In contrast, sunblock physically blocks the sun’s rays from hitting the skin. White zinc oxide, often seen on the noses of lifeguards and sailors, is an example of sunblock.
The American Cancer Society recommends using at least a broad spectrum SPF15 sunscreen or sunblock to protect the skin from sun damage. Proper application is also crucial, especially if you’ll be sweating or going in the water.
It is important to note that tattoos do not protect the skin from sunburn, as they reside in the dermis while the cells that create a suntan and natural skin color reside in the epidermis. Therefore, it is essential to protect both the skin and the tattoo from sun damage with proper sun protection.
Stretch and Shrink
Tattoos have some degree of flexibility, but it’s not unlimited. If you gain or lose weight slowly and gradually, your tattoo will also stretch or shrink proportionally with little impact.
Imagine a slightly over or under inflated balloon with writing on it: the text is still readable and maintains its original composition. However, rapid changes in weight can cause problems.
For instance, women who plan on having children may want to avoid getting a tattoo on their abdomen. Similarly, men who intend to become serious bodybuilders should think twice before getting an upper arm band tattoo.
Stretch marks, which are common during pregnancy, but can affect both women and men, can appear on the arms, thighs, buttocks, hips, and lower back.
They are caused by damage to the elastin and collagen that normally give skin its elasticity. When they break, they form scar tissue, which is the stretch mark. Like any other type of scar, stretch marks can obscure your tattoo.
Weight Gain and Weight Loss
Even if rapid weight gain or weight loss doesn’t create stretch marks, a tattoo will still change as the tattooed skin expands or contracts.
In the example above, imagine that balloon with writing on it. If it’s allowed to lose half of its air, the text might not be readable. Likewise, if it’s allowed to stretch to twice its size, it could be equally hard to read.
If you’re expecting your size to change, for any reason, consider the placement of your tattoo. Tattoos stretch and shrink, but not infinitely. It’s a topic that you can discuss with your tattoo artist.
Skin Changes and Blurred Tattoo Ink
The main reasons that tattoos blur are similar to those for fading that I discussed above. When exposed to the sun, chemical bonds break down, causing the molecules to break apart, and the body’s immune system tries to remove them.
But there are also special places on the body that constantly stretch, such as the elbows, knees, and even hands, are more prone to blurring due to the stretch and shrink reasons we’ve already discussed.
Also, tattoos done on skin that has already been damaged by excessive sun exposure seem to be more susceptible to blurring since the skin is less capable of holding the ink firmly in place.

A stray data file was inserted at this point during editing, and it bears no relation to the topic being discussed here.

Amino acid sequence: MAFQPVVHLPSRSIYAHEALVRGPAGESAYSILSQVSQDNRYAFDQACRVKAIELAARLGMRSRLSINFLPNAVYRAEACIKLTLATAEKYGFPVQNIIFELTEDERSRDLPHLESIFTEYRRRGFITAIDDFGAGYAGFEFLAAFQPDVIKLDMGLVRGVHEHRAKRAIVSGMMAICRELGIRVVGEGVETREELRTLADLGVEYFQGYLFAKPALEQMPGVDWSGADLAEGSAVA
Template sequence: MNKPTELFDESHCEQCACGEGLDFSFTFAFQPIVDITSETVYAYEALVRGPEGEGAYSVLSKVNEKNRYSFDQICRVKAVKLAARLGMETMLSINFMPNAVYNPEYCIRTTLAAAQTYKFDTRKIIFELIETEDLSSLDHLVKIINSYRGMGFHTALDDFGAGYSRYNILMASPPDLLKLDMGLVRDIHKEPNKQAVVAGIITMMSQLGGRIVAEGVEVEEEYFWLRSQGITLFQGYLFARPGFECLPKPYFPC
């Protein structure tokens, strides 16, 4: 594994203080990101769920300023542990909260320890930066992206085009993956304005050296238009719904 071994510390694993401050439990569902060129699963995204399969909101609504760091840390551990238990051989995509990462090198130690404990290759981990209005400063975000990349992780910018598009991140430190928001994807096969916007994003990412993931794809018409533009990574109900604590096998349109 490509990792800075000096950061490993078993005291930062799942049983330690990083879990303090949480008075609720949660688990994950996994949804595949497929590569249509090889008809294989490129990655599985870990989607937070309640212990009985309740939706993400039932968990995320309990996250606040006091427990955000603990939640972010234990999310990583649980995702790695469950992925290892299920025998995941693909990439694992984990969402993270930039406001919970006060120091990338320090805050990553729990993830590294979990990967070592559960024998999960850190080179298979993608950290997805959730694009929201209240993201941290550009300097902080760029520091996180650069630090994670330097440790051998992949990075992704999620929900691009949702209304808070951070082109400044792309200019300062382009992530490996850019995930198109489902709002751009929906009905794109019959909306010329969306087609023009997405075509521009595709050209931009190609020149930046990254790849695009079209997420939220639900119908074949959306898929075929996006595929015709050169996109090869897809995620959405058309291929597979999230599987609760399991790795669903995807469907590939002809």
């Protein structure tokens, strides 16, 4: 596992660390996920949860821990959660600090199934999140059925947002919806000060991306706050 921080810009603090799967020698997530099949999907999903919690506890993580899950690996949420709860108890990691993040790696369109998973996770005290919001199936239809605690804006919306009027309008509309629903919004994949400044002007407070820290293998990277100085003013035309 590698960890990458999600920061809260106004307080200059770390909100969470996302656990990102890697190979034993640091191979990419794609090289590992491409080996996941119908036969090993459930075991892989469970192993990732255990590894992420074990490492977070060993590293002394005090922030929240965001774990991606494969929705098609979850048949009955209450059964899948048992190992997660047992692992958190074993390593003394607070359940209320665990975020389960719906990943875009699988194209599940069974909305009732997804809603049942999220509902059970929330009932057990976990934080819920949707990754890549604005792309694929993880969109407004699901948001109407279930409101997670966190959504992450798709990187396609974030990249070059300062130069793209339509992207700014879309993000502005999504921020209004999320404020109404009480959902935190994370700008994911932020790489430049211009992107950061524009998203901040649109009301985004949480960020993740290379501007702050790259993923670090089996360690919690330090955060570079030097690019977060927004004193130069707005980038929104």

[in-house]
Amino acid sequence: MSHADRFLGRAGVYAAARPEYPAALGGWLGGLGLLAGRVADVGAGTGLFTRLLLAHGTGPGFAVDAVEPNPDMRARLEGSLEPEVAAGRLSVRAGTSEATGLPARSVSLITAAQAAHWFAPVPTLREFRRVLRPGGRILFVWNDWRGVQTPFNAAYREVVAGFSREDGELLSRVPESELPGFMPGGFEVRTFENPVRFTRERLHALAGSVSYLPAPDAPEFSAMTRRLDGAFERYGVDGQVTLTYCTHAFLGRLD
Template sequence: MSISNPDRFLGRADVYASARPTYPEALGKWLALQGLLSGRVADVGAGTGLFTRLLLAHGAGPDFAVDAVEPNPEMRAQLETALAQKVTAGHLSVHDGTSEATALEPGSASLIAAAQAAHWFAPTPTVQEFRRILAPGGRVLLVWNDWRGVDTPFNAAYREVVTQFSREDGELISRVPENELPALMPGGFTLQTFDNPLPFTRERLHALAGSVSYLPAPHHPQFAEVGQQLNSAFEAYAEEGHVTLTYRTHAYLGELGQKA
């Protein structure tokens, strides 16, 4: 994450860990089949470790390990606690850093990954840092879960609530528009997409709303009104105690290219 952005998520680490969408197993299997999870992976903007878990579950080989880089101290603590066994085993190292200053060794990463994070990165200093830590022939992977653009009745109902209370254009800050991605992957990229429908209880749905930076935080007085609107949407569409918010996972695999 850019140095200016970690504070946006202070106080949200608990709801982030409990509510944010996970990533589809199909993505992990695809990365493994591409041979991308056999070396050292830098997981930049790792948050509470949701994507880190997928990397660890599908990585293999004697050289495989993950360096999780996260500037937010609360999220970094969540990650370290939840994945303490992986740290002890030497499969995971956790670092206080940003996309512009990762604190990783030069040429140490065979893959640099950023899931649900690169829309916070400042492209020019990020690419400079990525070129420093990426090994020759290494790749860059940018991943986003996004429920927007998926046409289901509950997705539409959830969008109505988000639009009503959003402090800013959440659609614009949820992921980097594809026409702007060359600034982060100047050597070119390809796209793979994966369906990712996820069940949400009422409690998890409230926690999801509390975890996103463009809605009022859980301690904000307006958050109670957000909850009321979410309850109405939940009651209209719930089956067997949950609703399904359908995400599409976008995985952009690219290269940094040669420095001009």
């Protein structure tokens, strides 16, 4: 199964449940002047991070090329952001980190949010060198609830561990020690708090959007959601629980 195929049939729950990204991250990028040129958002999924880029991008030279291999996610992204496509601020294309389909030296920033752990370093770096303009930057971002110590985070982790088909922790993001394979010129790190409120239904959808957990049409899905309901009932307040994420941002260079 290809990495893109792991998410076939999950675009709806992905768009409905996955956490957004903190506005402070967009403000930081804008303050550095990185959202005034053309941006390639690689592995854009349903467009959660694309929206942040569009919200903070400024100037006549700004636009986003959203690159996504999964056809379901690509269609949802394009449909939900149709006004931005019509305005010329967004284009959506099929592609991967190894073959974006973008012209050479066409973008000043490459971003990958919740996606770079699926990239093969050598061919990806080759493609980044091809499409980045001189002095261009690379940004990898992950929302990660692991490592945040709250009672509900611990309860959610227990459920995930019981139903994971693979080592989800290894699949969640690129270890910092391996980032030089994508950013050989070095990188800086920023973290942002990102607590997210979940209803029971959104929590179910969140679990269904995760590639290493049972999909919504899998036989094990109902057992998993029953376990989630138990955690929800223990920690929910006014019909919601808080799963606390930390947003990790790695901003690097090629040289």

All Tattoos Change
While tattoos inevitably undergo changes over time, there are practical steps that can minimize or prevent unwanted alterations.
Tattoo artists are hesitant to estimate the lifespan of a tattoo (which can essentially be forever) or how long it will maintain its appearance (which varies greatly).
The durability of a tattoo depends on several factors, including its initial quality, the healing process, upkeep, and an individual’s specific skin and how it reacts to ink, making it impossible to predict.
Even a well-executed, simple tattoo, such as a lettered word on the knuckles, never exposed to sun, may begin to fade and blur during its first year, because of how the skin stretches over the joints.
However, the same lettering placed on the back of the shoulder, which healed properly, remained covered, and did not stretch or shrink excessively, might remain nearly as legible and crisp in its second decade as it was in its second week.
Let us acknowledge that as we age, our tattoos will naturally change in appearance. The clarity and color of our tattoos will likely be affected by age spots and wrinkles.
Even the darkest and boldest outlines may soften and blur slightly over time, with lines appearing thicker and gaps between them narrowing or disappearing.
Shading that was once bright may become less immediate and vibrant. Pigment may shift on a cellular level as our skin loses elasticity and resilience.
These changes are inevitable and a natural result of aging. There is no way to avoid that process–for our ink, our skin, or ourselves. Ultimately, it’s our attitudes towards these changes that determine whether we see our aging tattoos as attractive or not.
Frequently Asked Questions
Only in cases of drastic weight loss or gain will you see a change in the tattoo.
Thoughtful body placement is your best defense when it comes to distortion. Consulting with a professional tattoo artist who can give you a few options can help you to find an ideal location.
A skilled and experienced tattoo artist can tattoo over stretch marks. Be aware that a stretch mark is essentially a scar, and thus more difficult to tattoo than healthy skin.